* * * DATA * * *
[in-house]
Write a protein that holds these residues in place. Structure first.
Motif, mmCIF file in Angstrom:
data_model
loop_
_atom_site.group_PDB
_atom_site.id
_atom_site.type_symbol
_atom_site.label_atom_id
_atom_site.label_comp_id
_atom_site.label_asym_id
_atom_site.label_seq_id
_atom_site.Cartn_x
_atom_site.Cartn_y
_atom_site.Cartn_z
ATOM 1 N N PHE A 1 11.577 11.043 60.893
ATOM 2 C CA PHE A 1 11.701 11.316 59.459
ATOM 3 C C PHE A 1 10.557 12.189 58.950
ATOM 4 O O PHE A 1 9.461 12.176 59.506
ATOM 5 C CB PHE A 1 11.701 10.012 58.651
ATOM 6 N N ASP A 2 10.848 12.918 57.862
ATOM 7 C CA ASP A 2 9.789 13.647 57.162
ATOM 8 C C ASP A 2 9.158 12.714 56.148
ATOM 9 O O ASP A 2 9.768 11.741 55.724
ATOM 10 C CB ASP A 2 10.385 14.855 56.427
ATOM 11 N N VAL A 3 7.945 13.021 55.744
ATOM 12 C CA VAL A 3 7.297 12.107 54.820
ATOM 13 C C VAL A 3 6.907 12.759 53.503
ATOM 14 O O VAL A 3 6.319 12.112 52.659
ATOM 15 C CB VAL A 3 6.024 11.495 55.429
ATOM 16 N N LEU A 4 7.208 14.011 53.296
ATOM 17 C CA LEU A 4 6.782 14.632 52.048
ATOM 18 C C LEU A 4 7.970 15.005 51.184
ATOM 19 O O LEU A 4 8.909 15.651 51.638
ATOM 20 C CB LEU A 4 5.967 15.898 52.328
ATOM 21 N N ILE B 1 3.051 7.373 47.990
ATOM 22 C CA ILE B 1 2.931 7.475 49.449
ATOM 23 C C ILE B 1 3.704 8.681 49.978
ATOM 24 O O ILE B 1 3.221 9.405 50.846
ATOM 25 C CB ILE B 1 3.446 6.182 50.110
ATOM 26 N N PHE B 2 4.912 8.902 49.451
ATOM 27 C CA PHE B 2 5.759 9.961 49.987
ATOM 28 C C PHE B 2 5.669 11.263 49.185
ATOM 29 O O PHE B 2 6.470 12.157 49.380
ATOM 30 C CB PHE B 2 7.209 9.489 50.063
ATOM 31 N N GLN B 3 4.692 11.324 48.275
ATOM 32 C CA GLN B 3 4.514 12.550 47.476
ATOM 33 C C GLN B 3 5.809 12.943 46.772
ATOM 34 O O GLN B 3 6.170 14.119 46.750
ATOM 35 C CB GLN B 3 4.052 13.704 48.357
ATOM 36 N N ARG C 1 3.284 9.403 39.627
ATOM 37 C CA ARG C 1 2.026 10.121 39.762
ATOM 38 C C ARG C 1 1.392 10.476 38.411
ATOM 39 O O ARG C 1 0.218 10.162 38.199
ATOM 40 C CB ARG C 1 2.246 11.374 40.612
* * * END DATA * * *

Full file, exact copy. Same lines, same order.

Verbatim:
[in-house]
Write a protein that holds these residues in place. Structure first.
Motif, mmCIF file in Angstrom:
data_model
loop_
_atom_site.group_PDB
_atom_site.id
_atom_site.type_symbol
_atom_site.label_atom_id
_atom_site.label_comp_id
_atom_site.label_asym_id
_atom_site.label_seq_id
_atom_site.Cartn_x
_atom_site.Cartn_y
_atom_site.Cartn_z
ATOM 1 N N PHE A 1 11.577 11.043 60.893
ATOM 2 C CA PHE A 1 11.701 11.316 59.459
ATOM 3 C C PHE A 1 10.557 12.189 58.950
ATOM 4 O O PHE A 1 9.461 12.176 59.506
ATOM 5 C CB PHE A 1 11.701 10.012 58.651
ATOM 6 N N ASP A 2 10.848 12.918 57.862
ATOM 7 C CA ASP A 2 9.789 13.647 57.162
ATOM 8 C C ASP A 2 9.158 12.714 56.148
ATOM 9 O O ASP A 2 9.768 11.741 55.724
ATOM 10 C CB ASP A 2 10.385 14.855 56.427
ATOM 11 N N VAL A 3 7.945 13.021 55.744
ATOM 12 C CA VAL A 3 7.297 12.107 54.820
ATOM 13 C C VAL A 3 6.907 12.759 53.503
ATOM 14 O O VAL A 3 6.319 12.112 52.659
ATOM 15 C CB VAL A 3 6.024 11.495 55.429
ATOM 16 N N LEU A 4 7.208 14.011 53.296
ATOM 17 C CA LEU A 4 6.782 14.632 52.048
ATOM 18 C C LEU A 4 7.970 15.005 51.184
ATOM 19 O O LEU A 4 8.909 15.651 51.638
ATOM 20 C CB LEU A 4 5.967 15.898 52.328
ATOM 21 N N ILE B 1 3.051 7.373 47.990
ATOM 22 C CA ILE B 1 2.931 7.475 49.449
ATOM 23 C C ILE B 1 3.704 8.681 49.978
ATOM 24 O O ILE B 1 3.221 9.405 50.846
ATOM 25 C CB ILE B 1 3.446 6.182 50.110
ATOM 26 N N PHE B 2 4.912 8.902 49.451
ATOM 27 C CA PHE B 2 5.759 9.961 49.987
ATOM 28 C C PHE B 2 5.669 11.263 49.185
ATOM 29 O O PHE B 2 6.470 12.157 49.380
ATOM 30 C CB PHE B 2 7.209 9.489 50.063
ATOM 31 N N GLN B 3 4.692 11.324 48.275
ATOM 32 C CA GLN B 3 4.514 12.550 47.476
ATOM 33 C C GLN B 3 5.809 12.943 46.772
ATOM 34 O O GLN B 3 6.170 14.119 46.750
ATOM 35 C CB GLN B 3 4.052 13.704 48.357
ATOM 36 N N ARG C 1 3.284 9.403 39.627
ATOM 37 C CA ARG C 1 2.026 10.121 39.762
ATOM 38 C C ARG C 1 1.392 10.476 38.411
ATOM 39 O O ARG C 1 0.218 10.162 38.199
ATOM 40 C CB ARG C 1 2.246 11.374 40.612